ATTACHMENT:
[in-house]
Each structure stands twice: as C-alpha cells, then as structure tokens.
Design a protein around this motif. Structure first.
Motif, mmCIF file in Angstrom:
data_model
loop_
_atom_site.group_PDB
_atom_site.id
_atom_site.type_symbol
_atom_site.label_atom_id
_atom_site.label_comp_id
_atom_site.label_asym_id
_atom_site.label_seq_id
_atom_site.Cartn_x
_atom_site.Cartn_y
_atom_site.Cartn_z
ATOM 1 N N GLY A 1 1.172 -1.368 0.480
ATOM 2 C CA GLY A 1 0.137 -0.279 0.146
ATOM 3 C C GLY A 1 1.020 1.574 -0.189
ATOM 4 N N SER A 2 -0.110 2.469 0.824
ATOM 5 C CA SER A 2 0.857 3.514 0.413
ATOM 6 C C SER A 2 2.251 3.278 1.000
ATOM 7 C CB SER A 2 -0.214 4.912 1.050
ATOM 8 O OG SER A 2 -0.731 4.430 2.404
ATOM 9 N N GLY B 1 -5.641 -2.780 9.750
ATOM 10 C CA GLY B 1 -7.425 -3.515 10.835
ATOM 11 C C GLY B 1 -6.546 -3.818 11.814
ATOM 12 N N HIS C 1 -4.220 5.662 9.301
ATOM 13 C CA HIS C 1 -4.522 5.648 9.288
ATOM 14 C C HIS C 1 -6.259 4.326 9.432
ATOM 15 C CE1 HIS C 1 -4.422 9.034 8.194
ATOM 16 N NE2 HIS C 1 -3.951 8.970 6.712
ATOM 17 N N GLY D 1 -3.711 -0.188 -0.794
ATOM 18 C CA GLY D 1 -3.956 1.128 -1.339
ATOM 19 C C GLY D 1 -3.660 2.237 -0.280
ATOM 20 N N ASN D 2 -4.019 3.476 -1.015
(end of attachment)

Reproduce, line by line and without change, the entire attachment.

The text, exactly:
[in-house]
Each structure stands twice: as C-alpha cells, then as structure tokens.
Design a protein around this motif. Structure first.
Motif, mmCIF file in Angstrom:
data_model
loop_
_atom_site.group_PDB
_atom_site.id
_atom_site.type_symbol
_atom_site.label_atom_id
_atom_site.label_comp_id
_atom_site.label_asym_id
_atom_site.label_seq_id
_atom_site.Cartn_x
_atom_site.Cartn_y
_atom_site.Cartn_z
ATOM 1 N N GLY A 1 1.172 -1.368 0.480
ATOM 2 C CA GLY A 1 0.137 -0.279 0.146
ATOM 3 C C GLY A 1 1.020 1.574 -0.189
ATOM 4 N N SER A 2 -0.110 2.469 0.824
ATOM 5 C CA SER A 2 0.857 3.514 0.413
ATOM 6 C C SER A 2 2.251 3.278 1.000
ATOM 7 C CB SER A 2 -0.214 4.912 1.050
ATOM 8 O OG SER A 2 -0.731 4.430 2.404
ATOM 9 N N GLY B 1 -5.641 -2.780 9.750
ATOM 10 C CA GLY B 1 -7.425 -3.515 10.835
ATOM 11 C C GLY B 1 -6.546 -3.818 11.814
ATOM 12 N N HIS C 1 -4.220 5.662 9.301
ATOM 13 C CA HIS C 1 -4.522 5.648 9.288
ATOM 14 C C HIS C 1 -6.259 4.326 9.432
ATOM 15 C CE1 HIS C 1 -4.422 9.034 8.194
ATOM 16 N NE2 HIS C 1 -3.951 8.970 6.712
ATOM 17 N N GLY D 1 -3.711 -0.188 -0.794
ATOM 18 C CA GLY D 1 -3.956 1.128 -1.339
ATOM 19 C C GLY D 1 -3.660 2.237 -0.280
ATOM 20 N N ASN D 2 -4.019 3.476 -1.015